Sunday, March 23, 2008

Up in Smoke

I was just surfing the local trustee sales for my zip code and figured this looks a little wild. I copied 5 consecutive sales.
Double click for a more legible picture

Look on the right side of the table:
-------------------------------Notice of Sale Amt: $503,088.39
---------------------------------Opening Bid Amt: $370,000.00
-------------------------------------------Sold Amt: $370,000.00

The Opening Bid Amount and Sold Amount are the same. That means no one bid on the property. The bank got it. The difference between the Sale Amount and the Sold Amount (133K) are the secondary liens that have just dropped off the title.

Those 5 trustee sales had over a half a million dollars total, of secondary liens -- up in smoke, on the court house steps. This money was loaned by someone, somewhere. Now it's gone.

San Diego County holds a Trustee Auction and nobody shows up? It kind of makes you wonder about those second trust deeds. How many is Bernanke going to buy?


Malcolm said...

In this game of musical chairs, people are going to discover that once the music stops, there were never any chairs in the first place; and everyone is scr**wed.

Anonymous said...


Are you basically saying that the 1st lien holder (bank) intended to auction off at a price that covered both the 1st & 2nd lien holders - BUT that in the end, nobody showed up and they (bank/1st) simply paid an amount equal to their own 1st lien and in effect "shed" the 2nd holder from the books? Has the 2nd been permanently erased in this fashion (if I am understanding correctly)?

Anonymous said...

Does this kind of thing count as a sale? Would it explain the increase in home sales over the past month?

Jim in San Marcos said...

Hi Dan Mac

Trustee sales are fun to watch. I bid on a few back in 1998 and got out bid every time. The County clerk lists all loans on the Foreclosed property. It is the responsibility of the Junior loans to cure the deficiencies on the first TD in order to proceed to take posession in the trustee sale. If they don't cure the first, then they lose their right to take title and drop off when the first wins the bid. The second would not wait until the auction to cure the arrears on the first. It would be done weeks before that if they knew what they were doing. That's not necessarily the case though.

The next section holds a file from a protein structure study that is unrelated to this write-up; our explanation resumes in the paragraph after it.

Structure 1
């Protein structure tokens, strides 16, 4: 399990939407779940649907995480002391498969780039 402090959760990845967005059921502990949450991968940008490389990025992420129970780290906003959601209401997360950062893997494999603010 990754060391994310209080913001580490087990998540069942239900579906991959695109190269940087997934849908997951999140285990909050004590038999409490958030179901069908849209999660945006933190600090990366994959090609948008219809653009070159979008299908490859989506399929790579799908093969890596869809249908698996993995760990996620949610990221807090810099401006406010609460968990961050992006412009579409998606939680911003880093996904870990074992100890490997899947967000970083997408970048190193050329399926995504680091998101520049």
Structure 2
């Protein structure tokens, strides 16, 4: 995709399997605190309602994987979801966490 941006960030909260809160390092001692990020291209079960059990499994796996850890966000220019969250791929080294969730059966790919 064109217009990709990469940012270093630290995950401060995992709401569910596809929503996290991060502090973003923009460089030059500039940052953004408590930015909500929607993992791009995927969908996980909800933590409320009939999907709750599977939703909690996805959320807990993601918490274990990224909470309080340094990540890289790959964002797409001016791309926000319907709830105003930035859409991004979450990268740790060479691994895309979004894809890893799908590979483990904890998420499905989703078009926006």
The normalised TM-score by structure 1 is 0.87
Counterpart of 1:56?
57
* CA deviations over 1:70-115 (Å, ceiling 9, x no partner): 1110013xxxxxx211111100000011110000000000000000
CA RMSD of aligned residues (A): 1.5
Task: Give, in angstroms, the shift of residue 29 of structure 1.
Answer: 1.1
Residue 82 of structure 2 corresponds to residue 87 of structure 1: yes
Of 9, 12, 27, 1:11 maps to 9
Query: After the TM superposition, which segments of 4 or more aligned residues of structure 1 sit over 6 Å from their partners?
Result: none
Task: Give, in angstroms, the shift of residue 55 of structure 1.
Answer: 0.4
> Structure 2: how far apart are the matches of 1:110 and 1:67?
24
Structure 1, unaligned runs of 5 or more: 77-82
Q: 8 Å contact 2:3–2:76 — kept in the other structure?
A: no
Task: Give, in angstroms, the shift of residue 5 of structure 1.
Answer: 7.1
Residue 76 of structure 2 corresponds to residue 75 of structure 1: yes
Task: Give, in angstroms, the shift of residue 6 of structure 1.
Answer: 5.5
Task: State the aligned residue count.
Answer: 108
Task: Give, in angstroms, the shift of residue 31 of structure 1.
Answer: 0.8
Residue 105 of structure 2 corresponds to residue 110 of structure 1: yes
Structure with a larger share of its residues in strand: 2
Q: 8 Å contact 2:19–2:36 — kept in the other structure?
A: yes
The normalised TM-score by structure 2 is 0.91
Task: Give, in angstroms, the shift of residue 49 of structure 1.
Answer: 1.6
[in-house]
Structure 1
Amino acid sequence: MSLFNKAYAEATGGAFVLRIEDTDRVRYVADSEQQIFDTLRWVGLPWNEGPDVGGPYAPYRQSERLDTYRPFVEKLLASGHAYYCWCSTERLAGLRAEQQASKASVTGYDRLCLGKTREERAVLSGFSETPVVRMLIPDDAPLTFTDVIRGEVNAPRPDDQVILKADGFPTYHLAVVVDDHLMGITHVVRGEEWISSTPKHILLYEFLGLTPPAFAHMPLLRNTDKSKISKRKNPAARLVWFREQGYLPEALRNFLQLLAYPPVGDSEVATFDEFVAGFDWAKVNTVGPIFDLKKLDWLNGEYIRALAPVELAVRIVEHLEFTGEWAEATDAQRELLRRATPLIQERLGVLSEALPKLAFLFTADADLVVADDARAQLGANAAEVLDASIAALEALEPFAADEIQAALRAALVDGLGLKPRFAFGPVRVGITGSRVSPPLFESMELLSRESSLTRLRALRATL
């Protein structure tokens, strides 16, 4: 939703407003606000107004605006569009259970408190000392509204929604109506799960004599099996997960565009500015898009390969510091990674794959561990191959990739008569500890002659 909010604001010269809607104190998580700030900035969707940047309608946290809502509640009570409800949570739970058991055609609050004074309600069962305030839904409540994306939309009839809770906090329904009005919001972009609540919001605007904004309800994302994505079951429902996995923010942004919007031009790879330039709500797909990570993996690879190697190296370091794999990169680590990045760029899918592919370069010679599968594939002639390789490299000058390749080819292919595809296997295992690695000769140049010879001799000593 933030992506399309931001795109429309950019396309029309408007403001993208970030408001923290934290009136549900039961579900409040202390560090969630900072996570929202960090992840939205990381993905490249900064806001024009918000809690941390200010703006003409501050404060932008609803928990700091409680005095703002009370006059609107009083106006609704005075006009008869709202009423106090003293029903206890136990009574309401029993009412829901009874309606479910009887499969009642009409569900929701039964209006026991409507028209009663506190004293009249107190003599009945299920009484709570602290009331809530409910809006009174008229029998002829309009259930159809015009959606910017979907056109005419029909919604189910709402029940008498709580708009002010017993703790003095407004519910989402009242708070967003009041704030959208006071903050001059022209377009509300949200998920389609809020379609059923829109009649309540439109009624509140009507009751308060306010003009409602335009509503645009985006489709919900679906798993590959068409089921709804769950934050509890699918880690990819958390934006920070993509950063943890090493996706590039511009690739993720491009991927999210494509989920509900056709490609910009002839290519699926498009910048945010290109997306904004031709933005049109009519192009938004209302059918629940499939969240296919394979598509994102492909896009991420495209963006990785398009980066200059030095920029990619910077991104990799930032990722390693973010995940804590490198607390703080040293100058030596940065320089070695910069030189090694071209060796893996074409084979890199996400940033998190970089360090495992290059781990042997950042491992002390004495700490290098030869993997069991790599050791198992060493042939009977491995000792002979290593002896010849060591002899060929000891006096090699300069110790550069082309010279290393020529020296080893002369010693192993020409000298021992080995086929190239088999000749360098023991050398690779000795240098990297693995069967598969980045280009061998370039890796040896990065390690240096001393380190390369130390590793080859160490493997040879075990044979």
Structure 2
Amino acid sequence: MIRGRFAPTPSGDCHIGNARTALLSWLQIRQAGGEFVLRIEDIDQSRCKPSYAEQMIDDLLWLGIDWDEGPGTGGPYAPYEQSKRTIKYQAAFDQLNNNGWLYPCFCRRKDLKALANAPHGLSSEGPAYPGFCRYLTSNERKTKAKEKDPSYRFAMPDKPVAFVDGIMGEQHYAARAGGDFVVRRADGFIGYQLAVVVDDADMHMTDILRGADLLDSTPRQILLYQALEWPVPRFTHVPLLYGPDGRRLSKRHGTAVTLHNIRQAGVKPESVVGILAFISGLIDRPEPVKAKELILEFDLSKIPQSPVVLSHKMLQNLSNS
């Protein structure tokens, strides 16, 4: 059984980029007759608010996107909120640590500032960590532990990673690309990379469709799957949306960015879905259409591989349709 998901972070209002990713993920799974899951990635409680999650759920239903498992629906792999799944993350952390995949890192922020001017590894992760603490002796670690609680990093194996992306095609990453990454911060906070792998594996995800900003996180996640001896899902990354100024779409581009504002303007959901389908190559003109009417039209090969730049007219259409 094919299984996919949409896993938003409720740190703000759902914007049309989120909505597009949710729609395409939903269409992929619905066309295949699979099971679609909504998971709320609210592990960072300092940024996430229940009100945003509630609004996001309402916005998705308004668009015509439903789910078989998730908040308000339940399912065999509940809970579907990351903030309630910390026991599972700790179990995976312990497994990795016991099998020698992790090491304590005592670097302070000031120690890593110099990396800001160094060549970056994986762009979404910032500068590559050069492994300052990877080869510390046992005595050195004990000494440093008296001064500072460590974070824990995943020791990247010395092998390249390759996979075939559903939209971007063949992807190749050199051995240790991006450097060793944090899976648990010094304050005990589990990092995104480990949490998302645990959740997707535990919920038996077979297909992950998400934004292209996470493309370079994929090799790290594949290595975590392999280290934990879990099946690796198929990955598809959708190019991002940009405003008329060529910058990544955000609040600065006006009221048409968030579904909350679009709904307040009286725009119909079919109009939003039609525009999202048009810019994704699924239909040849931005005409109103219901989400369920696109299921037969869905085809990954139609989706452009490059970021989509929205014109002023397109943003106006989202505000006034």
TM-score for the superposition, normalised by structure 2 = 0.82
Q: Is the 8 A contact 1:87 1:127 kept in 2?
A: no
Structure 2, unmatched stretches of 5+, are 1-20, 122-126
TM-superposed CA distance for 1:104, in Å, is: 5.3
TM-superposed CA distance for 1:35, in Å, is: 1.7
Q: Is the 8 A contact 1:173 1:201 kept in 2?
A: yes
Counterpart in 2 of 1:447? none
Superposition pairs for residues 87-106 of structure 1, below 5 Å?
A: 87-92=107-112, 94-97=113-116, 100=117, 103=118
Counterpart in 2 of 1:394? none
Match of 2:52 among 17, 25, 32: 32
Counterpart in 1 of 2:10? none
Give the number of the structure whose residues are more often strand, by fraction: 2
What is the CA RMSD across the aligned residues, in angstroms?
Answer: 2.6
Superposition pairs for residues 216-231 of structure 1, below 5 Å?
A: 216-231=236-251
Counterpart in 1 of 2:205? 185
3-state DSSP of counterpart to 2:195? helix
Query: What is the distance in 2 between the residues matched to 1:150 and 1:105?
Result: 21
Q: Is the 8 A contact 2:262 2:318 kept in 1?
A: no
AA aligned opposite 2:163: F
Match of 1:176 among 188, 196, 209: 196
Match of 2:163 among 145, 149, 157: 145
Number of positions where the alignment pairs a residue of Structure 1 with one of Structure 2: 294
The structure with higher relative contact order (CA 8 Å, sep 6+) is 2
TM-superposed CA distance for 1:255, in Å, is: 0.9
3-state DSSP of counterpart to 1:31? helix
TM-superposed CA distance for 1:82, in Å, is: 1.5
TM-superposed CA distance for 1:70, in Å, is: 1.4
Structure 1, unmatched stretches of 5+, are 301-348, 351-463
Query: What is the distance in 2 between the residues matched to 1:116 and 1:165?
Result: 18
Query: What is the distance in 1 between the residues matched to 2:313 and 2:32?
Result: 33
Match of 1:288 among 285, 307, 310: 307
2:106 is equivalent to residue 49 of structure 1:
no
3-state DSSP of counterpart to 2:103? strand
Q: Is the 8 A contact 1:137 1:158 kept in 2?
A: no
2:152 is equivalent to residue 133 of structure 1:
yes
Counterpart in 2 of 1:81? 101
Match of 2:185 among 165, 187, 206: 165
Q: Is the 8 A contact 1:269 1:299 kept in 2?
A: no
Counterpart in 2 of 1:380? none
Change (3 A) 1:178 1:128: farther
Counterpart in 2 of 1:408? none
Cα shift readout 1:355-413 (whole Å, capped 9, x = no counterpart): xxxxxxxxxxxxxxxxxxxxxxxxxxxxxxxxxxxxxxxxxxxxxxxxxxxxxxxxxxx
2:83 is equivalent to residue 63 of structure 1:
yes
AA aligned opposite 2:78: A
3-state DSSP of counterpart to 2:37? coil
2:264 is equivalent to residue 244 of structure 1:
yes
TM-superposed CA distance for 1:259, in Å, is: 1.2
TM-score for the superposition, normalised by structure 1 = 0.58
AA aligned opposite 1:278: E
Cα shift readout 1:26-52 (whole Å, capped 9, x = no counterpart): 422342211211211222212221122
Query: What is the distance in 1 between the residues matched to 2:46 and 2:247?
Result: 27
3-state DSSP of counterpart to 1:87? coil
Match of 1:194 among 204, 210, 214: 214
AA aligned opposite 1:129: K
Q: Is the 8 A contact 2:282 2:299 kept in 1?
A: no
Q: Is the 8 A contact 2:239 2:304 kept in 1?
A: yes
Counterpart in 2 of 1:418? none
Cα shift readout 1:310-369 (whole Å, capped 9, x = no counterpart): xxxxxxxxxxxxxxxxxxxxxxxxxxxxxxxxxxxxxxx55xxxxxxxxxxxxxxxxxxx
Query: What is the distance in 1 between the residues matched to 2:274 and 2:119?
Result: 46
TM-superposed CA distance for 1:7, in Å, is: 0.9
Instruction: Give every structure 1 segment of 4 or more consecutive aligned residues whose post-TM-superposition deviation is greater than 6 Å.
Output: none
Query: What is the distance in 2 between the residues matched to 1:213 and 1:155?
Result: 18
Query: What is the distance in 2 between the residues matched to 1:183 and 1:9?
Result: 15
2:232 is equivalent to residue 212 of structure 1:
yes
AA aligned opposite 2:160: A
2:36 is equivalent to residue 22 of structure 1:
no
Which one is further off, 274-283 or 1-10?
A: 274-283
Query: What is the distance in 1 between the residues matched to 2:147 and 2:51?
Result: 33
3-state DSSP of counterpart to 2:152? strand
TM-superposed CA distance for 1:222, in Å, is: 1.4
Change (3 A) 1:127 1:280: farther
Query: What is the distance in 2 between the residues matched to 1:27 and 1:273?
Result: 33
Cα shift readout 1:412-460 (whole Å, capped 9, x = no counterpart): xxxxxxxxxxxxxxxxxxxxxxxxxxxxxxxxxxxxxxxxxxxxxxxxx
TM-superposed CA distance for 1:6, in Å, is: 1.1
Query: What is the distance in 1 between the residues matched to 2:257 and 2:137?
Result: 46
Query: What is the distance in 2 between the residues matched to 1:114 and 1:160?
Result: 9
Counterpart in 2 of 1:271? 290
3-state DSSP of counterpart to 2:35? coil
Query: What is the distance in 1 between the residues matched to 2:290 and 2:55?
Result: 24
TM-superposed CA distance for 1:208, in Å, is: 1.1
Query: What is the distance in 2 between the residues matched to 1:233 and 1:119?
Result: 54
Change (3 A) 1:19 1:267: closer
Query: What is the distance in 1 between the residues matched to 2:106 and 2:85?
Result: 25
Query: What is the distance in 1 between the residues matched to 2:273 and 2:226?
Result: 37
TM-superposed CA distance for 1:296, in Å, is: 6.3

With the number included on the Trustee sale notice you can go down to the title company and look up the Preliminary on the title. This gives you the info of who is on the note before you bid.

Anonymous said...

Interesting. I am not sure if I have my facts correct but I believe it to be the case that here in MA the lien holders have to provide pay-off amounts before anything can be done. As a result, I think that "seconds" that felt they were going to be short changed were "losing" the paperwork in hopes of stopping the process or squeezing a little out of the first in a negotiation. In any event, they were preventing the process occurring and had little to lose by gumming up the cogs.

Thanks Jim ~

Dan Mac

Jim in San Marcos said...

Anon 10:35

I asked Data Quick if Trustee sales were included in total home sales.

Their answer was "We do not include foreclosures in our totals.

Did she answer my question? I am not sure.

At what point is a trustee sale house considered a foreclosure? Also at what point does a foreclosure lose it's foreclosed status?

How do you cull out the Trustee sales from the county recorders statistics?

Right now there are 4 houses with foreclosure signs in the window that do not show up on are not quite as they appear.

Jim in San Marcos said...

Dan Mac

MA may be different, I know in California, just before the sale, the First Trustee bid amount is calculated for a buy out on the day of the auction. The trustees beginning bid includes all fees, taxes and owed back payments. A bid of one dollar higher, and the bank lets you have the property. A bid over the banks costs relieves them of any fiduciary responsibility in regards to the loan.

The only reason the junior liens fall off, is that they don't cure the default on the first trust deed. Usually in that case, the house is worth less than the face amount of the first TD, so you kiss the second goodbye as a lost cause.

Anonymous said...

Thank you for posting this. I just went through this routine for the area immediately surrounding our home and misunderstood what I was seeing. I realized the home went back to the bank, but I assumed the sale amount was the actual market value of the home.

Jim in San Marcos said...

Hi Jeff

I saw two where the sales price was less than the bid price. Those had to be some interest only loans.

The bank gets to eat the whole loan and a bit more for being so nice.

Glad to be of help

Thanks for your comments

Strategic Investor said...

Great post!

Estimates are that there are about $53bn in 2nd liens made as part of liar loan packages, so those are almost certainly a goner.

Jim in San Marcos said...

Hi Strategic Investor

The trouble is, someone owns this stuff and has a real big loss. Just hope it is not me and you.